Flashback Friday: The Orthodoxy of the Highway

It’s been an interesting week for transport policy, both nationally and locally. For a start the Government’s first Emission Reduction Plan was finally released on Monday, which personally was a bit underwhelming but at least makes some signals about further investment in cycleways and support for people buying e-bikes. This week there were also a City Council seminar providing some info about the coming update of the 2012 Christchurch Transport Strategic Plan, with the new Plan hearteningly focusing a lot on road safety and low-carbon transport systems. But are these all talk or will we see real action? At the time of the previous Chch transport plan, back in July 2012, the late Dirk de Lu (aka “Simon Barnard”) was musing on whether we can truly change our transport ways. Ten years on, with the development of further “new” plans to change to world, it’s hard not to be a little pessimistic again…

(It might be faked, but could we still get to this kind of future?)

Back in the 1940’s urban planners found that building or expanding roading increased traffic congestion. This point was further reinforced in NY in 1973 when the West Side Highway collapsed and the predicted traffic chaos was instead a reduction in traffic. San Francisco found a similar result with the destruction of the Embarcadero freeway in the 1989 earthquake. The U.K. has found that removing downtown roads boosts the local economy.

What? How can congestion be relieved by not building roads, and increased by building them? The concept of ‘latent demand’ provides the answer. When people are habituated to using cars and have made the investment in them they want to drive. If traffic congestion gets bad enough they just may choose an alternate mode or route. If a new or expanded road is created they use it in hopes of getting that good feeling of going from ‘a’ to ‘b’, easily. “Build it and they will come.”

For generations traffic engineers, encouraged by the auto, petrol, road building industries, have been taught to think of more and bigger roading projects as the solution to congestion.

The current National government is a true believer and has committed NZ to spend $12-14 billion on their Roads of National Significance (RoNS) aka Roads of National Stupidity. This is about $6 billion more than they hope to raise from asset sales. For more on latent demand check out this excellent article.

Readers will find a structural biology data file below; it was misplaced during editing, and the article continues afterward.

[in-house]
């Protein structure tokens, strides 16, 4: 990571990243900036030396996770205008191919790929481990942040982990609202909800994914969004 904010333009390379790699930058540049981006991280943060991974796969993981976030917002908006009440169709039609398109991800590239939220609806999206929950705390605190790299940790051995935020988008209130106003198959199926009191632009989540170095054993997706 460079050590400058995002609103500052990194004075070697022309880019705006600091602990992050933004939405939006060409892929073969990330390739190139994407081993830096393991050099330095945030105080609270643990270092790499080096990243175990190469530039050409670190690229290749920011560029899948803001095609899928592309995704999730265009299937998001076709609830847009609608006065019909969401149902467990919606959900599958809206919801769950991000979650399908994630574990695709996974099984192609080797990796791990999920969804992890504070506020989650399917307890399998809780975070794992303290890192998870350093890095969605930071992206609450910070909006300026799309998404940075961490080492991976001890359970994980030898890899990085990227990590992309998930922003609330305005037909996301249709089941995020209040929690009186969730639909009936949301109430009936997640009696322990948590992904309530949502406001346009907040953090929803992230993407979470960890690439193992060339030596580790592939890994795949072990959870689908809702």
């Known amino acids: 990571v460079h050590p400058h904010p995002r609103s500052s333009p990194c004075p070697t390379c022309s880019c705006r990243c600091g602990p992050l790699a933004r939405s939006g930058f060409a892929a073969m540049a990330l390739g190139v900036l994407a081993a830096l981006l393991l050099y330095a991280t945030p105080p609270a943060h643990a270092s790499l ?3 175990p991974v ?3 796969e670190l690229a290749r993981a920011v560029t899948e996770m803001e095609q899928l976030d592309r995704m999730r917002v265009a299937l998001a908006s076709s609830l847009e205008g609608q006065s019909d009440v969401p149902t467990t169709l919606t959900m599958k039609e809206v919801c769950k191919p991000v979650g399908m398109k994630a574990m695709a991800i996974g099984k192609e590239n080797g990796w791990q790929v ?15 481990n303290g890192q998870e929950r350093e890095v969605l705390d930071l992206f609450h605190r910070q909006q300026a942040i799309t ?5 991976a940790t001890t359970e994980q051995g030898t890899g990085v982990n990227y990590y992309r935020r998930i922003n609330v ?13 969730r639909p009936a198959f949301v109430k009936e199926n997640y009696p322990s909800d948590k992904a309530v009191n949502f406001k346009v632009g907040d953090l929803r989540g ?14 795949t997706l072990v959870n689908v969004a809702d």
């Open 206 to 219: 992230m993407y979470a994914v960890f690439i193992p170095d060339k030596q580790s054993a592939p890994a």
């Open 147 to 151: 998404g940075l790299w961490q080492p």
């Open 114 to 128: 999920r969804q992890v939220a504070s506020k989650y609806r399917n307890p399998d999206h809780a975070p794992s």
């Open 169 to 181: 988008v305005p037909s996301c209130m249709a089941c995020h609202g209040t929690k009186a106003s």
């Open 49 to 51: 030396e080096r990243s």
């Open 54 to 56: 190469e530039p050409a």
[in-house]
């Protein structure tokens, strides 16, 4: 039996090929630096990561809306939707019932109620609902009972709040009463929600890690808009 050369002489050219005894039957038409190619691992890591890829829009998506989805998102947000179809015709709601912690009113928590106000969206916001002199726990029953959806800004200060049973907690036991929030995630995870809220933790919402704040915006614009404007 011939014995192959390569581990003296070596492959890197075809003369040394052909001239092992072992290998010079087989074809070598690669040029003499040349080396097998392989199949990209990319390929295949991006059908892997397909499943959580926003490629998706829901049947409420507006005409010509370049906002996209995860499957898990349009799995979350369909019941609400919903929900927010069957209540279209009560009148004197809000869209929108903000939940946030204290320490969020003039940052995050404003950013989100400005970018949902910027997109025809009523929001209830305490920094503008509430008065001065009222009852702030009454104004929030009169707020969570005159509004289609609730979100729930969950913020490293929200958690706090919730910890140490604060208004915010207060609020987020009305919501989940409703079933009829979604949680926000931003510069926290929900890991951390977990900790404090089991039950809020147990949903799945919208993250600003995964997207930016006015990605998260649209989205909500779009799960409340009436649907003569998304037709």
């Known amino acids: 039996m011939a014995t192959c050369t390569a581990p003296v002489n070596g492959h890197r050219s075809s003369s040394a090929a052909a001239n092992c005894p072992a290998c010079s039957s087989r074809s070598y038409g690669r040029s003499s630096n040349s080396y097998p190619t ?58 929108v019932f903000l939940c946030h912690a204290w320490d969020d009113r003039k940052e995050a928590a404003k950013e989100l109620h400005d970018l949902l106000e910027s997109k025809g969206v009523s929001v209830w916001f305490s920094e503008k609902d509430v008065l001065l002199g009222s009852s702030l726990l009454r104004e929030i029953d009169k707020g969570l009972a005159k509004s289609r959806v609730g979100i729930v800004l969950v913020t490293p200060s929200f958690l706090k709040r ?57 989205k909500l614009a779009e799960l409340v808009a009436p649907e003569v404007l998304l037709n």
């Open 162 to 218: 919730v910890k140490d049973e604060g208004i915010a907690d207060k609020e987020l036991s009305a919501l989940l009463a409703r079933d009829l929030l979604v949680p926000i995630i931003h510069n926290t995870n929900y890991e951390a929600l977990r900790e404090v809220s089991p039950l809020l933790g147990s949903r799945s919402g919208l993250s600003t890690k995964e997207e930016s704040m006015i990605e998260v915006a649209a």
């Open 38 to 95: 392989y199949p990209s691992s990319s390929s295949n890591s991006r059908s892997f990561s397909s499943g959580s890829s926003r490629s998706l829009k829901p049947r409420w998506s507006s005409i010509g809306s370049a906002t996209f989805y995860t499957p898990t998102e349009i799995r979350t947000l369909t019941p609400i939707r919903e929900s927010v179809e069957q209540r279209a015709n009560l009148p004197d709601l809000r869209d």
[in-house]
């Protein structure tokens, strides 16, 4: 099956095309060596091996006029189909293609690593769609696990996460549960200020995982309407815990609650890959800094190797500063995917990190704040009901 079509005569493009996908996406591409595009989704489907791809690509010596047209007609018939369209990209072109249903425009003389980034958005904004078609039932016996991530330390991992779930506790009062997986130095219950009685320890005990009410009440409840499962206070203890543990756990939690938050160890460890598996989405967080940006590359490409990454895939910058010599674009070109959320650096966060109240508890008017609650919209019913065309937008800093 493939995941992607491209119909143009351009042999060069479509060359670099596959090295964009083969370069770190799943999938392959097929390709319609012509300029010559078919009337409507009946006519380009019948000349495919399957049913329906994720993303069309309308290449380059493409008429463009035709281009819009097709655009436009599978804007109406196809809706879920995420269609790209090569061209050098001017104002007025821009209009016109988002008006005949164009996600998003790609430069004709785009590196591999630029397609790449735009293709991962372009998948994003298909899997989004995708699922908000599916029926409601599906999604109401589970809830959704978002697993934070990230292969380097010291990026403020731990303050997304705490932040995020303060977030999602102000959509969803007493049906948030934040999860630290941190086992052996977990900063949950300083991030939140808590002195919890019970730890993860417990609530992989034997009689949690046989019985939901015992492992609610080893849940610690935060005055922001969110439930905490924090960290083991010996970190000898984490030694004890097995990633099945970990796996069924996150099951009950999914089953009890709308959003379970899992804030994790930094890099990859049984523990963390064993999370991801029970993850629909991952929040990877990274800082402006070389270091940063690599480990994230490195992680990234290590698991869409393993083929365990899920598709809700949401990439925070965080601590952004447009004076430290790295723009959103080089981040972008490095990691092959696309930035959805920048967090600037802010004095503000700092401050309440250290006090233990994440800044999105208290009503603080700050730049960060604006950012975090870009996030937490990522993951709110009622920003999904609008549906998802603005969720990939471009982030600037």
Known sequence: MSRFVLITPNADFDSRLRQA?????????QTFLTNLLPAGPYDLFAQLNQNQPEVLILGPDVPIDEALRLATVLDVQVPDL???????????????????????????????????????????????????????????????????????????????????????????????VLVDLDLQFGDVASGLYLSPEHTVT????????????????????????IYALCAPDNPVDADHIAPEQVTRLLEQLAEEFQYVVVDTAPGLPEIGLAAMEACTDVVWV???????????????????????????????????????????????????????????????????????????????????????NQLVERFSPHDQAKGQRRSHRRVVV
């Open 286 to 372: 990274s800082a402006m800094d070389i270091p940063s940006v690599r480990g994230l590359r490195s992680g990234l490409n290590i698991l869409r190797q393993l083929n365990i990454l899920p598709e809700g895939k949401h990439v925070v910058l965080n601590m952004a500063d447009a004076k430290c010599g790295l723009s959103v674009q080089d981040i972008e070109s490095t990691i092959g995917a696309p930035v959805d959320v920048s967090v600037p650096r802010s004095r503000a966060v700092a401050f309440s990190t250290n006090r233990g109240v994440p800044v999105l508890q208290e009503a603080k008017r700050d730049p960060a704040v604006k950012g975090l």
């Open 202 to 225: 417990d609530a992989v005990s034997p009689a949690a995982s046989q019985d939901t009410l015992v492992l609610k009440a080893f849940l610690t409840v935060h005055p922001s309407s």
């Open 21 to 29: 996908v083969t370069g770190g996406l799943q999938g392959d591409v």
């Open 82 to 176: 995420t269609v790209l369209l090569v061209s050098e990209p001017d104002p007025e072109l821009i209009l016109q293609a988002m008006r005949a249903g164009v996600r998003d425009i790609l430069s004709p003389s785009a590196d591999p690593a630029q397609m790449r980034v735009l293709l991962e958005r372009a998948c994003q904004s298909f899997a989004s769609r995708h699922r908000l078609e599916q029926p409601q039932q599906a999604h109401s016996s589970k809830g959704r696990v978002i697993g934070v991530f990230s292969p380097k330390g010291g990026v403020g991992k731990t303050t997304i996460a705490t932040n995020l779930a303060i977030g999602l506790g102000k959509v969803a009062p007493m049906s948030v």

You can also consult “Suburban Nation” by A Duany, E Plater-Zyberk and J Speck which provides this simple to understand quote from Carol Jouzatis:

“Trying to cure traffic congestion by adding more capacity is like trying to cure obesity by loosening your belt.”

In Christchurch Mother Nature has implemented a massive urban renewal programme. With much of the downtown leveled we have the opportunity to build a transport system for people. The Share an Idea process sought to consult broadly with the community for what they want. Cycling was the big winner in the transport category with over a thousand more comments supporting cycling than any other transport mode.

Even more hopefully the Christchurch City Council (CCC) has been updating and consolidating their transport planning and a soon to be released draft Christchurch Transport Plan (CTP) acknowledges and documents many of the real benefits to be achieved by delivering cycling and walking networks. Kudos to those involved. The draft plan was to be adopted at the 28 June 2012 CCC meeting, but we are told it was sent back to strengthen the cycling and walking elements. Still, you can get a copy here.

Spokes Canterbury has also provided notes on the cycling elements of the plan here. Watch this site for updates on the new draft CTP and how you can help.

Unfortunately the true believers, in the form of the National Government Policy Statement on Transport (GPS) have over ruled the community, good transport planning and a common sense response to rising petrol prices. In support of their RoNS local bodies are being forced to allocate their own transport spending for roads and infrastructure to support the RoNS. Even Local Government NZ has made submissions calling for more balanced road spending. Check out:
Local Government NZ has commented upon the GPS, arguing that higher priority local transport initiatives are being starved of funds due to the focus on RoN’s. For an even stronger response see their 2009-2010 comments.

CCC needs broad support from the community to commit additional funds to advancing walking and cycling infrastructure. Building an efficient active transport network is an obvious priority for getting people back into the downtown and through out Christchurch. They need to be encouraged to work with the cycling community to identify easy wins, low cost solutions and to prioritise the spending of those funds they make available.

What are the priorities? Do we really need to prioritise $13 million for new parking garages in a CBD which is full of vacant sections? Can we pare back the spending on a new stadium, or even get by on the one we have? Is $42 million for the full Town Hall rebuild more important than a liveable city where people of all ages and abilities can cycle safely? It is up to all of us who cycle, or would like to, to remind CCC to do what is required and needed.

Let’s build good active transport infrastructure because, no doubt, they will come.

(picture source)

2 thoughts on “Flashback Friday: The Orthodoxy of the Highway”

  1. Ten years on from Dirk’s post and the city council is still struggling to fix the problems caused by the “Roads of national stupidity”. They ran a street meeting between residents and staff in our street on Monday this week which was distinctly lacking in solutions to the increased traffic from the Northern Corridor. Still spending money on mitigation which could have gone on cycleways.

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